Assuming voters renew existing levies, Lakewood will be able to save a total of $2 million to complete its master plan. Plaisted believes the district can save $100,000 a year in operating and maintenance expenses and the district’s general fund could contribute $100,000 a year. Another $280,000 a year will be available after the stadium is paid off in 2026.
In addition, the bond levy for the high school will be paid off in 2026. That levy is currently being assessed at 1.8 mills. That money won’t be able to flow directly to the district after 2026 unless voters approve a new levy. But it’s easier to get voter approval, Conley said, when a new levy will keep taxes at current levels.
With COPs contributing $7.8 million, the district now needs $39 million. Conley based a bond levy on a 37-year term (likely the maximum term using a blended useful life calculation for the equipment and furnishing part of the building) at a 4.25 percent increase rate. That’s a conservative rate, he said, since interest rates are in the three percent range now. Conley calculated millage or the tax rate for 37 years at 4.25 percent interest as 4.19 mills. The district’s median home value is $148,500; 4.18 mills would cost the median homeowner $18.32 per month. “This is not a scary number,” he said.
Cutting the term from 37 years to 30 years would save millions in interest, Conley explained. That would require a 4.74 mill bond levy, costing the median homeowner $20.73 per month. Cutting the term to 28 years would save $9 million in interest compared to 37 years. That cut would likely cut the interest rate to four percent. A total of 4.84 mills would be required to raise the $39 million, costing the median homeowner $21.16 per month.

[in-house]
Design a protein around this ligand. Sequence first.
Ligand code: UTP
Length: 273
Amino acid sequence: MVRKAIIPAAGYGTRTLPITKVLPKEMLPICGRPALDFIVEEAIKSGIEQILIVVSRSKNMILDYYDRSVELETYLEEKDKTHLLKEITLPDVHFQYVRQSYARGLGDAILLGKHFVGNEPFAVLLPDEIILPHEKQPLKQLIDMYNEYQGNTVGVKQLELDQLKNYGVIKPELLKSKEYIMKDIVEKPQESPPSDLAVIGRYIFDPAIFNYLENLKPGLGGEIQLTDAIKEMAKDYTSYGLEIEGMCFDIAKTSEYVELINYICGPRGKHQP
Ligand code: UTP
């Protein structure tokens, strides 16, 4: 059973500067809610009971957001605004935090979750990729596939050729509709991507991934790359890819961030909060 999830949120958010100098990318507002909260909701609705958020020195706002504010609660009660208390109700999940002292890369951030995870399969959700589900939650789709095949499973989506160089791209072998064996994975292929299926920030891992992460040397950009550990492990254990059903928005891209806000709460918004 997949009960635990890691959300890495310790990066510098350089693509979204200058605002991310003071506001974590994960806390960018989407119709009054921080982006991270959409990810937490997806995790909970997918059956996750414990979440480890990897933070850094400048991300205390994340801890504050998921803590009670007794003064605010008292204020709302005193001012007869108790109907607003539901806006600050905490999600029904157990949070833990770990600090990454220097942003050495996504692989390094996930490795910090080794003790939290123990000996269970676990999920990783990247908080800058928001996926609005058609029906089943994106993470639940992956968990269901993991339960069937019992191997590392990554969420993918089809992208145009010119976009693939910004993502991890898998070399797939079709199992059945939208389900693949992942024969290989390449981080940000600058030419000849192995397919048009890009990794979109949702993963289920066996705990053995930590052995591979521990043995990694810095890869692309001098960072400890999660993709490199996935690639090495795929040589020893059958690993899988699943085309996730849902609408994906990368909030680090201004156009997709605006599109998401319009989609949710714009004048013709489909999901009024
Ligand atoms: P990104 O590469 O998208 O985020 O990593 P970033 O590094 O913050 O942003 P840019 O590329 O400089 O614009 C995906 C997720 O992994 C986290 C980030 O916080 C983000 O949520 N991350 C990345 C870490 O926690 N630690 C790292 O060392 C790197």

“We (Lakewood) struggle getting voter support,” Conley noted. The median age of voters is increasing and is now 45.3 years. “The community is aging,” he said. “More than two-thirds of voters are age 45 or older.” These voters are the least likely to support additional taxes, Conley said.
An earned income tax is a way to reduce the impact on older voters since it is not assessed on Social Security or any retirement income, or investment income.
Annual earned income in the Lakewood district reached $380 million in 2015 (latest available total). Conley said it is growing a healthy 4.5 percent per year.
Income taxes are done in .25 percent increments. Conley cautioned that income taxes take 12-18 months to reach full collection. He said a .25 percent earned income tax would generate $13 toward the project. Its contribution would reduce the millage for a 37 year bond levy to 2.8 mills.
Conley said an earned income tax can raise a couple of issues. By proving tax relief to older residents without earned income, those with earned income will pay more than they would have via just a bond levy. Some voters might object to an income tax because the revenue can be used for buildings and operating expenses. An income tax can not be dedicated exclusively to buildings, but it can be lined up with a bond issue, Conley said.
An earned income tax also isn’t assessed against business income and business property makes up 30 percent of the district’s property valuation, he said.
A 37 year bond levy at 2.8 mills costs the median homeowner $12.25 per month. The median family income in the district is $63,636, according to Conley, so a .25 percent earned income tax costs them $13.26 per month, for a total of $25.51 per month compared to $18.32 per month for a 4.19 mill bond levy.
The task force meets again at 6 p.m. on Monday, August 18, in the high school library to work on their recommendation to the board on how to come up with the $47 million. Meetings are limited to two hours and another meeting is set for Monday, Sept. 18, if more time is needed to reach a decision.
Lakewood has announced an additional public meeting with the Elementary School Planning Team at 6 p.m. on Thursday, August 24, in the high school library to review their recommendation, focusing specifically on the needs outside of the elementary building.